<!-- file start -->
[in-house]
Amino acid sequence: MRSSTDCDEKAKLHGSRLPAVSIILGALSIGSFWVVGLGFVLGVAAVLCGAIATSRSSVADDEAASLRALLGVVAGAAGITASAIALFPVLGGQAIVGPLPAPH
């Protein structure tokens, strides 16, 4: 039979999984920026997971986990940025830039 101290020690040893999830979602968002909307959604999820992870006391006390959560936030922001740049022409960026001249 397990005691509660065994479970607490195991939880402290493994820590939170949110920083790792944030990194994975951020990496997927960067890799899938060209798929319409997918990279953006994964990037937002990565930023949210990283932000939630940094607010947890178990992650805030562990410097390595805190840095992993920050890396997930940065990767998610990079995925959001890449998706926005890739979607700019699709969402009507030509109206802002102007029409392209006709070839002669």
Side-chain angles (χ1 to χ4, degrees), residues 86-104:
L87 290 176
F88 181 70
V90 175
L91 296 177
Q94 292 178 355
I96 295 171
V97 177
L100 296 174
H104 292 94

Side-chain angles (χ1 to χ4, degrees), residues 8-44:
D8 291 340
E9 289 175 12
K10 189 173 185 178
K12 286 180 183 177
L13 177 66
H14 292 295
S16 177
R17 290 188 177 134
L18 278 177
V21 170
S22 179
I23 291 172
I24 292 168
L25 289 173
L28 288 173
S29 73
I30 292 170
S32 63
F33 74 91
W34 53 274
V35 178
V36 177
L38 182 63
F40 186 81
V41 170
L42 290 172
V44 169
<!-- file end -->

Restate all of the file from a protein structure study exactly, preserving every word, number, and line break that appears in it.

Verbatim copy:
[in-house]
Amino acid sequence: MRSSTDCDEKAKLHGSRLPAVSIILGALSIGSFWVVGLGFVLGVAAVLCGAIATSRSSVADDEAASLRALLGVVAGAAGITASAIALFPVLGGQAIVGPLPAPH
């Protein structure tokens, strides 16, 4: 039979999984920026997971986990940025830039 101290020690040893999830979602968002909307959604999820992870006391006390959560936030922001740049022409960026001249 397990005691509660065994479970607490195991939880402290493994820590939170949110920083790792944030990194994975951020990496997927960067890799899938060209798929319409997918990279953006994964990037937002990565930023949210990283932000939630940094607010947890178990992650805030562990410097390595805190840095992993920050890396997930940065990767998610990079995925959001890449998706926005890739979607700019699709969402009507030509109206802002102007029409392209006709070839002669």
Side-chain angles (χ1 to χ4, degrees), residues 86-104:
L87 290 176
F88 181 70
V90 175
L91 296 177
Q94 292 178 355
I96 295 171
V97 177
L100 296 174
H104 292 94

Side-chain angles (χ1 to χ4, degrees), residues 8-44:
D8 291 340
E9 289 175 12
K10 189 173 185 178
K12 286 180 183 177
L13 177 66
H14 292 295
S16 177
R17 290 188 177 134
L18 278 177
V21 170
S22 179
I23 291 172
I24 292 168
L25 289 173
L28 288 173
S29 73
I30 292 170
S32 63
F33 74 91
W34 53 274
V35 178
V36 177
L38 182 63
F40 186 81
V41 170
L42 290 172
V44 169